Eminent architect Matthew W. Del Gaudio died on September 17, 1960. One of his most well-known buildings is right here in the heart of the South Village, Our Lady of Pompeii Church, which stands on the corner of Bleecker and Carmine Streets.
The building that stands today was constructed in the years 1926 – 1928, but the parish had had several homes prior. In 1890, it began in a building located at 113 Waverly Place, as part of the Saint Raphael Society for the Protection of Italian Immigrants, under the leadership of Father Pietro Bandini. Father Bandini named his chapel there “Our Lady of Pompeii.” He worked to help the many Italian immigrants adjust to their new lives in America. By 1895, the Society moved to 214 Sullivan Street, but fire forced them out and they moved to an existing church at 210 Bleecker Street. This church was originally built in 1836 for the Unitarian Universalists, but was sold to the African American Roman Catholic congregation of Saint Benedict the Moor in 1883. There had been a significant African-American population in the area around Minetta Street, but as the century was coming to a close, they began moving further uptown, and Our Lady of Pompeii parish acquired the property and moved in on May 8, 1898 under the leadership of Father Antonio Demo.
In the late 1920’s and early 1930’s, a major construction project, the 6th Avenue extension, required the demolition of the church. The parish built the new Del Gaudio church a short distance away. You can read more about Del Gaudio’s beautiful church HERE (scroll down to page 106).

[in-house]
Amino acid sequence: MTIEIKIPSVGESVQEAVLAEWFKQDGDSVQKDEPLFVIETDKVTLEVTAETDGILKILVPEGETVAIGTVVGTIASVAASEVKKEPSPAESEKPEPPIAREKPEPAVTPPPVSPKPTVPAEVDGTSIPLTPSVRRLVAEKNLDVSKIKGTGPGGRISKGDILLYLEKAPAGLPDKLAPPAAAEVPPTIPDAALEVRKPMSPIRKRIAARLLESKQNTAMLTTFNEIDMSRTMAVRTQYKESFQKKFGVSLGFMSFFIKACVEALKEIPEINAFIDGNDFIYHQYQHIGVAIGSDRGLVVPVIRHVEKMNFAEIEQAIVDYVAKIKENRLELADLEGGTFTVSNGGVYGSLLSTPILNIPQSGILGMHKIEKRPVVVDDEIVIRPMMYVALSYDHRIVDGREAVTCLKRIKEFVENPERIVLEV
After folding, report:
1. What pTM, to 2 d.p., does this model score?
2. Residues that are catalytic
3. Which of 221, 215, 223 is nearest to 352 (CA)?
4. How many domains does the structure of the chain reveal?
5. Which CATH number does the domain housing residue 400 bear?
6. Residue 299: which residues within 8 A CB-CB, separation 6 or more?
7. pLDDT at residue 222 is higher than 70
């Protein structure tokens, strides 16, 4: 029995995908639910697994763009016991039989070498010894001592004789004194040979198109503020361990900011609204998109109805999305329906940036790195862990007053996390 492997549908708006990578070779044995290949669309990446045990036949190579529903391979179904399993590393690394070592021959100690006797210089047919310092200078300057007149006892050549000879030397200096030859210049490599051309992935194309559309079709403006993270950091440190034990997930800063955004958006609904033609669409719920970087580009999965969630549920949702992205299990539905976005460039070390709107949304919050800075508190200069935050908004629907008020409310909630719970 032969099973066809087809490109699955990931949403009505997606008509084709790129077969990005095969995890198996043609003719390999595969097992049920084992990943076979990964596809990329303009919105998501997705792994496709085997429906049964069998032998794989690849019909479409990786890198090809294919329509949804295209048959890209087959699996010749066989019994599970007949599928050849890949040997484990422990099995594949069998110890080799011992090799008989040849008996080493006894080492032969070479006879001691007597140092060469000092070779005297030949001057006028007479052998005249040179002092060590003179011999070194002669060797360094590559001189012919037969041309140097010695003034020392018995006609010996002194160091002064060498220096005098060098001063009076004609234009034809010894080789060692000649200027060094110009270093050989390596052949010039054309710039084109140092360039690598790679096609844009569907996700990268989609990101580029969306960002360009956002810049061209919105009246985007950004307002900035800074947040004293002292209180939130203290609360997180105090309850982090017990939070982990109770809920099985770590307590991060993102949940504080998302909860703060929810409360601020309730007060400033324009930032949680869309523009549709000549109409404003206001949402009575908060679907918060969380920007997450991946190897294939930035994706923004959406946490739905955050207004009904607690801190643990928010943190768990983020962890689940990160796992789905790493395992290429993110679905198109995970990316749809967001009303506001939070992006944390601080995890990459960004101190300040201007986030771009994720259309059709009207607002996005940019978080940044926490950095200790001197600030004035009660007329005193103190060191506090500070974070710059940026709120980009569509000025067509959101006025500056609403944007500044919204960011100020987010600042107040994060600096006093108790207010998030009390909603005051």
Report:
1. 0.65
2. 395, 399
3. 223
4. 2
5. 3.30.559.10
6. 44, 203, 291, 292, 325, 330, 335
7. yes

Matthew W. Del Gaudio was born March 16, 1889 and attended P.S. 83, Cooper Union, and Columbia University. He worked as a draftsman at the firm Moore & Lanseidel from 1905 to 1909, and then opened his private practice at 545 Fifth Avenue. He also served in the World War I armed forces from 1917 to 1919, and remained in the reserve forces until 1943.
Some of his other noteworthy projects were St. Anthony’s School in the Bronx, the Pierre Apartments in Brooklyn, the Shore Road Theater, and Dyker Theater in Brooklyn, and he was an associate for the Morrissania Houses, and a consultant for the Parkchester Houses, both in the Bronx. Del Gaudio was licensed in New York, New Jersey, Illinois and California.
He was a member of the New York Society of Architects from 1930-37, serving as President for the last two years. He was Director of the AIA NY Chapter from 1941 to 1945, and President of the New York State Association of Architects from 1945 to 47.
The Matthew W. Del Gaudio Service Award, established in 1971, is awarded annually by the AIANYS in recognition of “outstanding and significant service by an AIANYS member to the profession through promoting the profession of architecture. The Del Gaudio Service Award shall be conferred on an AIANYS member who has provided distinguished service to AIANYS and demonstrated notable competence advancing the profession of architecture. The Del Gaudio Service Award winner will have also demonstrated an active interest and leadership role in AIANYS.” And so the legacy of this accomplished architect lives on.